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RBI accelerator facility and the earthquake (and the corona)

RBI accelerator facility and the earthquake (and the corona)
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On Sunday the 22nd of March, at 6:22 in the morning, an earthquake of 5.5 magnitude hit the city of Zagreb and its surroundings. Its epicentre was 10 km underground and approximately 10 km northeast of the RBI campus and its accelerator facility. Orientation of both of the tandem accelerators is close to the north-south direction. An earthquake happened just 3 days after the RBI accelerator facility has been closed due to the corona crisis. All electronics and the vacuum system have been shut down as well.

Few hours after the earthquake, as well as in several other occasions that followed, staff of the lab checked visually for possible damages and confirmed that apart from some relatively small cracks in the walls that did not influence the statics of the building, no other facility components were damaged.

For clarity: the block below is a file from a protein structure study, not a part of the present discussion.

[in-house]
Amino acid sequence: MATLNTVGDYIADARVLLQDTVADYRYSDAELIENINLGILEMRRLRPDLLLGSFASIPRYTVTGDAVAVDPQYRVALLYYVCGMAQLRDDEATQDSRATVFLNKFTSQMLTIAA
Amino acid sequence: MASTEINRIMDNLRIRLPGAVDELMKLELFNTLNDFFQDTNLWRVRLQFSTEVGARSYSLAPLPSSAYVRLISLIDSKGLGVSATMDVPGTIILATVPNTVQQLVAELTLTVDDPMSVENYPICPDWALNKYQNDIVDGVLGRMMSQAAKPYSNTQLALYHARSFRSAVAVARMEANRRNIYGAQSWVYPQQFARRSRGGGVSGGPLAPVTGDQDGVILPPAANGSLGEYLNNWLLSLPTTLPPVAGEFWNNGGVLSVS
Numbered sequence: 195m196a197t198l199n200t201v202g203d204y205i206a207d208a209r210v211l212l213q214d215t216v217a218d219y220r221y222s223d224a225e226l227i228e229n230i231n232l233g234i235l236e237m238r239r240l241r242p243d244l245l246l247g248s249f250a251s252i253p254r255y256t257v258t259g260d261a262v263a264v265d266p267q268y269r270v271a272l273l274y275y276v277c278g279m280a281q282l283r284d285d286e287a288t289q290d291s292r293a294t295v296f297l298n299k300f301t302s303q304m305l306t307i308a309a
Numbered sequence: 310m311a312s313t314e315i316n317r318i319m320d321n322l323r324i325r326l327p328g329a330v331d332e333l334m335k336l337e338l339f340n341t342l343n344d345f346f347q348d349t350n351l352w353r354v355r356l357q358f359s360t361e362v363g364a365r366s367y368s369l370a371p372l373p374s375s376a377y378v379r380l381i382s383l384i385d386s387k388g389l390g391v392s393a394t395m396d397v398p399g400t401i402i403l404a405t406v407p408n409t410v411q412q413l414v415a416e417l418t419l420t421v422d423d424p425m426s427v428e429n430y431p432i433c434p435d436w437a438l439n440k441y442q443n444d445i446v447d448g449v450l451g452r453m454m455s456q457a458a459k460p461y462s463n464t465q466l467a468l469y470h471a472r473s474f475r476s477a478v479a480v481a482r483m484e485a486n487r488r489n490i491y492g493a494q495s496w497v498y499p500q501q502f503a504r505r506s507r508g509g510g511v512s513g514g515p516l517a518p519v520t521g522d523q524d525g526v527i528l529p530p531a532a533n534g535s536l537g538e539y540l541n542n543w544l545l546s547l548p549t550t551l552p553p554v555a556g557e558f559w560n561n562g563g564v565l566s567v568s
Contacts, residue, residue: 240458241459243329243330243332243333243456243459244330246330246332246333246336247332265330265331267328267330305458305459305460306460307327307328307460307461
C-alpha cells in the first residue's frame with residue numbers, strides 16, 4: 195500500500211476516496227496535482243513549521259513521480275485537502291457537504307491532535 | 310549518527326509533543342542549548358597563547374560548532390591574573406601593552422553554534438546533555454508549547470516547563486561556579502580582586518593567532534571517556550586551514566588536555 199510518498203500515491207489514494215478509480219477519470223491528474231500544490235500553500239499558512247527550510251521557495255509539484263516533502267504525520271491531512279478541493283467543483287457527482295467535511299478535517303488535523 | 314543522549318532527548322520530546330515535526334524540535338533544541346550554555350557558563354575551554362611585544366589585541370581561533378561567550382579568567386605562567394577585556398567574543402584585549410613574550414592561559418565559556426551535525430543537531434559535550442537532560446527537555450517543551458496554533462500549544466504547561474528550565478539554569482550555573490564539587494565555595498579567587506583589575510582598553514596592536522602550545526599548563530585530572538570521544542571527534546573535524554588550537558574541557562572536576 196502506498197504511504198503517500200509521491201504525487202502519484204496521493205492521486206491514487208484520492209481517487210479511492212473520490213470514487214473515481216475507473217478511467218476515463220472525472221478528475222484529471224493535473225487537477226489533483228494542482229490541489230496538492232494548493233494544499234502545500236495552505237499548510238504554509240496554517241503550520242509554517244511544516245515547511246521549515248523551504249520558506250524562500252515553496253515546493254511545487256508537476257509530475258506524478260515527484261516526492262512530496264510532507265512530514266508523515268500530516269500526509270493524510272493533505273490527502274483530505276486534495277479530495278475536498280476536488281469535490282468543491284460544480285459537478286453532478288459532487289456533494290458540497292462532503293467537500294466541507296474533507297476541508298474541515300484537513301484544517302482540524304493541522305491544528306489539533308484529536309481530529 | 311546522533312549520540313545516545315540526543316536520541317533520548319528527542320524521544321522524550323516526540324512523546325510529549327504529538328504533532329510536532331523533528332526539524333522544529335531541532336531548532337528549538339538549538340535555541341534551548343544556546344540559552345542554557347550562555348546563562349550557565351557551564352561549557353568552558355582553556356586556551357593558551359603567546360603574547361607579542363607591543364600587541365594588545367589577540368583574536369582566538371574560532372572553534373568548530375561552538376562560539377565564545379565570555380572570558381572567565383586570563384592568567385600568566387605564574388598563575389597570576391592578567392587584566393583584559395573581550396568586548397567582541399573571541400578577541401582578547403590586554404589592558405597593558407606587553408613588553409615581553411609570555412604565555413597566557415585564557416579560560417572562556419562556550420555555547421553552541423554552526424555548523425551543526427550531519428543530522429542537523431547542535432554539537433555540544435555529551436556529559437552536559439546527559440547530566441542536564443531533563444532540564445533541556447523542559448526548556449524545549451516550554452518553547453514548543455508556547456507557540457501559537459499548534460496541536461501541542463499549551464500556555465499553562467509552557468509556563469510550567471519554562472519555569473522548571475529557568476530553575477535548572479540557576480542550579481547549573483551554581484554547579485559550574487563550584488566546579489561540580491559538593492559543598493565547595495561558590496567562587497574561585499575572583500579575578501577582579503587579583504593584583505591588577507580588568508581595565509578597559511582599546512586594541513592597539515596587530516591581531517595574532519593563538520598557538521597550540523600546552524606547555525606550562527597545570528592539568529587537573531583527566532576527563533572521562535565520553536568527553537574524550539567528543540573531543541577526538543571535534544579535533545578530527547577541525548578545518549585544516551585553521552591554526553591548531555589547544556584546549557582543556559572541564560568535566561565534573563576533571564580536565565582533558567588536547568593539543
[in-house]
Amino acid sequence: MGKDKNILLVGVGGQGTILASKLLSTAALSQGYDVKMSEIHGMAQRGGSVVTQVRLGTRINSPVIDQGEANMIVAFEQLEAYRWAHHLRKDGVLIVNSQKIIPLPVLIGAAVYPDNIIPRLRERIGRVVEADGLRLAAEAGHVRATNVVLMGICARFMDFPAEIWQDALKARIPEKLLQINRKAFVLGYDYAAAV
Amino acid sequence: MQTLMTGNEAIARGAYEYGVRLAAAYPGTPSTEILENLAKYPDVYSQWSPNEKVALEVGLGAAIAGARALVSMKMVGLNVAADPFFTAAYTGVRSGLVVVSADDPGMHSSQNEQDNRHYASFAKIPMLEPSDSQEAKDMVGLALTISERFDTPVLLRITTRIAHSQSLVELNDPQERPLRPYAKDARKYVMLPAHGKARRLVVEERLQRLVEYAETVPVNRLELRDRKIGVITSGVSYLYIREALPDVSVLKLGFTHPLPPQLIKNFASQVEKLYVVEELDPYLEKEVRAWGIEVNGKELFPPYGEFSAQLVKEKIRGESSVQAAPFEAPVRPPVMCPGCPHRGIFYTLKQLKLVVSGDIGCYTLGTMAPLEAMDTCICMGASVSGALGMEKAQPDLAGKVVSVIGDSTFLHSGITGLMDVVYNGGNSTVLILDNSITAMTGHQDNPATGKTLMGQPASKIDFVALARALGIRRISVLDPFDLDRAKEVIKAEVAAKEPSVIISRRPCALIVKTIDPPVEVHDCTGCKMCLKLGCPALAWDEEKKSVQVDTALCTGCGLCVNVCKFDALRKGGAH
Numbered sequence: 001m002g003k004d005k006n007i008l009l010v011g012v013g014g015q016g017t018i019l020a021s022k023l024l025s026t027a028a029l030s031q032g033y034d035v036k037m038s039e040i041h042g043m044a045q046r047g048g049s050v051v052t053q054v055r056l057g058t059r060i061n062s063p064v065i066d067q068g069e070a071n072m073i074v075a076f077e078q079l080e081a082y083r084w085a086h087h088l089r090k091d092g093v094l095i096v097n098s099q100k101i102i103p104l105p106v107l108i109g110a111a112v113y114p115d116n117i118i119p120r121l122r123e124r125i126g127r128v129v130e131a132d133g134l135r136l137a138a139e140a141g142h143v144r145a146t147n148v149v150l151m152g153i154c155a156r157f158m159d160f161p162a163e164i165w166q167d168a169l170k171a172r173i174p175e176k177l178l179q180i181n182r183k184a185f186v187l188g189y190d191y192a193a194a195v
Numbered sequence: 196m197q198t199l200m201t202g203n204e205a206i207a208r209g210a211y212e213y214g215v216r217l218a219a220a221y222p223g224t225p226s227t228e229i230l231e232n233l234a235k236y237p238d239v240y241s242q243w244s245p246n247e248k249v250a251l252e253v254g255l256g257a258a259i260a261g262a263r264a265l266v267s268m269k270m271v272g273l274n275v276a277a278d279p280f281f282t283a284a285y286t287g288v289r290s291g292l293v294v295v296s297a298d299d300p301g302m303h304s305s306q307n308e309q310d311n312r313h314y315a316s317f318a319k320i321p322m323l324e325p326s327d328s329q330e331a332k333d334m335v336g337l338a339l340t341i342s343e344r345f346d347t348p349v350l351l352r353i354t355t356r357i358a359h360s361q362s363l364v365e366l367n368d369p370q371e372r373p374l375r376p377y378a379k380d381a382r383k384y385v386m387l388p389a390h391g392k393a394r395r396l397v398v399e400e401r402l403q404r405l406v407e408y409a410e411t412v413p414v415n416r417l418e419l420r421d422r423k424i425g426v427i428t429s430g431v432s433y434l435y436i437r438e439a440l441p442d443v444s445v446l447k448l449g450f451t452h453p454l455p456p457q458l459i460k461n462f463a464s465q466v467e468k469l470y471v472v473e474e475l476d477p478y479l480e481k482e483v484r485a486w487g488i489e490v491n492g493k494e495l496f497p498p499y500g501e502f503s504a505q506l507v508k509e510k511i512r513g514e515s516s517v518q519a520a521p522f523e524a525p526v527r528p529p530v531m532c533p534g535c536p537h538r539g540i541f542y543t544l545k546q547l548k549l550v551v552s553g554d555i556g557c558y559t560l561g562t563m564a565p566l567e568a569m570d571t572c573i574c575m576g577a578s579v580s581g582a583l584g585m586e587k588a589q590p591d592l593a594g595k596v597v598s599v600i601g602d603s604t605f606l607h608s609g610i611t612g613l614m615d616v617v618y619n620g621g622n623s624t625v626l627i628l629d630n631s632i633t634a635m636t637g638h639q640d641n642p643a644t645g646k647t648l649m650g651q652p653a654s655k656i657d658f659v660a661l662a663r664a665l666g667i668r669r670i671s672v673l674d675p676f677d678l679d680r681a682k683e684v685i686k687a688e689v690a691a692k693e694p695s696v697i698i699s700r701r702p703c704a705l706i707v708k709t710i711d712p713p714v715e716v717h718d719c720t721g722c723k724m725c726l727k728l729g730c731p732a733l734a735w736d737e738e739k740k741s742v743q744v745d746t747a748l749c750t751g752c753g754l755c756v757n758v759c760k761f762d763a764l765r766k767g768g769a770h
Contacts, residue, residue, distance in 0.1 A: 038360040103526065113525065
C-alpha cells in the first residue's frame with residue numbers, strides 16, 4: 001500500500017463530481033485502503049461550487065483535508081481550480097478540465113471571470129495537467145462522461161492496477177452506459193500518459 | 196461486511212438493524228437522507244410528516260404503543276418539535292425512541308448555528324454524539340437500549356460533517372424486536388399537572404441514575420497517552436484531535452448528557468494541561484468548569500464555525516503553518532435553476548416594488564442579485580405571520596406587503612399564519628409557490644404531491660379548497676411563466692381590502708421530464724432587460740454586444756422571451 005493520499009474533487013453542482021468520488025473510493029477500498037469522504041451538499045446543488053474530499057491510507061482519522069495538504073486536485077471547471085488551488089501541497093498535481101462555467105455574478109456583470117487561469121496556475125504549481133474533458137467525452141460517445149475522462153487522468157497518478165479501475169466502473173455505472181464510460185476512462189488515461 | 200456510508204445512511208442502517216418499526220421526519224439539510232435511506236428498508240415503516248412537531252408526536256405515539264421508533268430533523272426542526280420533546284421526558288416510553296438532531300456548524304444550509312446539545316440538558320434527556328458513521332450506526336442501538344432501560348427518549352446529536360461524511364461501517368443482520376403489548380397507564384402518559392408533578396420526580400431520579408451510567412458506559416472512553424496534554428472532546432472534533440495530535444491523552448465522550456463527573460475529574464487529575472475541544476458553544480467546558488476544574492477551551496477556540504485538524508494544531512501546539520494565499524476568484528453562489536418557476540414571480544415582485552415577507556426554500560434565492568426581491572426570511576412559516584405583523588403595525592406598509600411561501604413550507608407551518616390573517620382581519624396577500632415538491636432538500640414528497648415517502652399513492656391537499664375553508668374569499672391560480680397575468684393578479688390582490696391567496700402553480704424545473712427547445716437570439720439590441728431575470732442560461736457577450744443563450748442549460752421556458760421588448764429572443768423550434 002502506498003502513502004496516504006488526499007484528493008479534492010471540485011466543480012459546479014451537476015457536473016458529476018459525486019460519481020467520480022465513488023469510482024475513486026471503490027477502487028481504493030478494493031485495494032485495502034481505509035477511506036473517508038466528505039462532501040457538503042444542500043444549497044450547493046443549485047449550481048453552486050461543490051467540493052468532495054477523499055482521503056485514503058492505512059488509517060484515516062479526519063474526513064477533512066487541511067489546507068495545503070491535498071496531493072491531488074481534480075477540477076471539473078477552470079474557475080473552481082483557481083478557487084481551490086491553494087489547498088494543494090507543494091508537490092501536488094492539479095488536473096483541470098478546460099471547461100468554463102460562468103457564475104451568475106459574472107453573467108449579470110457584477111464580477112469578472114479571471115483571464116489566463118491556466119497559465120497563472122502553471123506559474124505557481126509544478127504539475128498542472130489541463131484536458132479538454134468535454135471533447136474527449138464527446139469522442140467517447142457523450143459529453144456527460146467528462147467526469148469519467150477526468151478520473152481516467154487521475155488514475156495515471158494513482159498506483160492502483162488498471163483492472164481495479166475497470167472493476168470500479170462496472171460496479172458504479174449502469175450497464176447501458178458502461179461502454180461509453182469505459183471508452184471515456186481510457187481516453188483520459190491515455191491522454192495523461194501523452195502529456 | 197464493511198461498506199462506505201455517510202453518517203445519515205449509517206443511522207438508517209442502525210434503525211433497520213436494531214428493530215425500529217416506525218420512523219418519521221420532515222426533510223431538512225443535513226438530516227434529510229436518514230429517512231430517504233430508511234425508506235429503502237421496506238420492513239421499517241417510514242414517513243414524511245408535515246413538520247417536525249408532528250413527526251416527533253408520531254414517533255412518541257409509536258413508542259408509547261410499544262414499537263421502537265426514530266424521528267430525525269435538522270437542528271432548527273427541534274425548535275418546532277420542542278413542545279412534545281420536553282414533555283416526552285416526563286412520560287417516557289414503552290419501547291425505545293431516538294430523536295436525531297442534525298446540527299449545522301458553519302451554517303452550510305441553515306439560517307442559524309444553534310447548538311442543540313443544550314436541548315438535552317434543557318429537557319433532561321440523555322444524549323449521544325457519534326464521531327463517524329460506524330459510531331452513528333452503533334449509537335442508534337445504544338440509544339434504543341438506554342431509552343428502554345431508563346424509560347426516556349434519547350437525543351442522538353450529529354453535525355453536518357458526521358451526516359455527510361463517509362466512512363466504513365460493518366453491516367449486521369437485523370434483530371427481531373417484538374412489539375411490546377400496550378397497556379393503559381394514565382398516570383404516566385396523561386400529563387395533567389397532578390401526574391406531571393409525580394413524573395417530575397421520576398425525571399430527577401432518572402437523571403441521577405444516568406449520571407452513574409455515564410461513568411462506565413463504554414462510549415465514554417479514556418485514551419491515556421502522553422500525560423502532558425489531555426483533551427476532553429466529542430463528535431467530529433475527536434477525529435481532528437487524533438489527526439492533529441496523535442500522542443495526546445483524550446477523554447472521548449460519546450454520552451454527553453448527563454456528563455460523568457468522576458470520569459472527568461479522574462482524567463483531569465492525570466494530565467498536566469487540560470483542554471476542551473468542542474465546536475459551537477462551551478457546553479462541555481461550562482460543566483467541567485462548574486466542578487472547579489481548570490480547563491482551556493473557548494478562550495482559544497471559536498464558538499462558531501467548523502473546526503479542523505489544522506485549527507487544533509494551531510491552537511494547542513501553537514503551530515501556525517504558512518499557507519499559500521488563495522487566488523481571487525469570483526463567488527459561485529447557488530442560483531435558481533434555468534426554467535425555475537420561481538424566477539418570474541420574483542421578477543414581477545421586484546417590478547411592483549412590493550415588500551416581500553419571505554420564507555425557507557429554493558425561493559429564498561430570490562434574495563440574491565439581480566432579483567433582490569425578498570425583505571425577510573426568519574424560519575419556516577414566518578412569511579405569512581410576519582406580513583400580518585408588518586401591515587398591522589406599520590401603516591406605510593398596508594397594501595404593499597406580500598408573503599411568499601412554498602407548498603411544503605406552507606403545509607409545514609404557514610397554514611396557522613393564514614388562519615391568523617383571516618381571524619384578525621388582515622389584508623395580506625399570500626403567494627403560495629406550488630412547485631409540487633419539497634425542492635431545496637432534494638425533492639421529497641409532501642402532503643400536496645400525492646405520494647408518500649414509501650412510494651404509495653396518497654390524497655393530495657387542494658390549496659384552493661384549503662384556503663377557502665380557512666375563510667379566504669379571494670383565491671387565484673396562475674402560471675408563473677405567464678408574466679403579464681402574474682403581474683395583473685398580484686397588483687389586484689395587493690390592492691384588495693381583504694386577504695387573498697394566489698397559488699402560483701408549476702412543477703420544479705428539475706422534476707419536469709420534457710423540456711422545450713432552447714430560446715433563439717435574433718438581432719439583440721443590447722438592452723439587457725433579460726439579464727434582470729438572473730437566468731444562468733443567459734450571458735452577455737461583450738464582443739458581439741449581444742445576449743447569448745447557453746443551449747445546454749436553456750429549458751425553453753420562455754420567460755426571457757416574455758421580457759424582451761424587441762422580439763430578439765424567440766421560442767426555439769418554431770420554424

However, during the restarting procedure that has been initiated 5 weeks after the earthquake, on Monday the 27th of April, it has been realized that several vacuum leaks were opened in beamlines, probably due to shaking of the vacuum tubes in all of the three halls (EN Tandem, Tandetron and experimental hall). By the end of the week, most of the leaks have been identified and solved, while 1.0 MV Tandetron was put into operation as well. During the week that started on Monday the 4th of May, beams from the Tandetron were already successfully delivered to most of the beam lines. At the microbeam line, transmission has been even improved, which we attributed to the beneficial influence of the earthquake.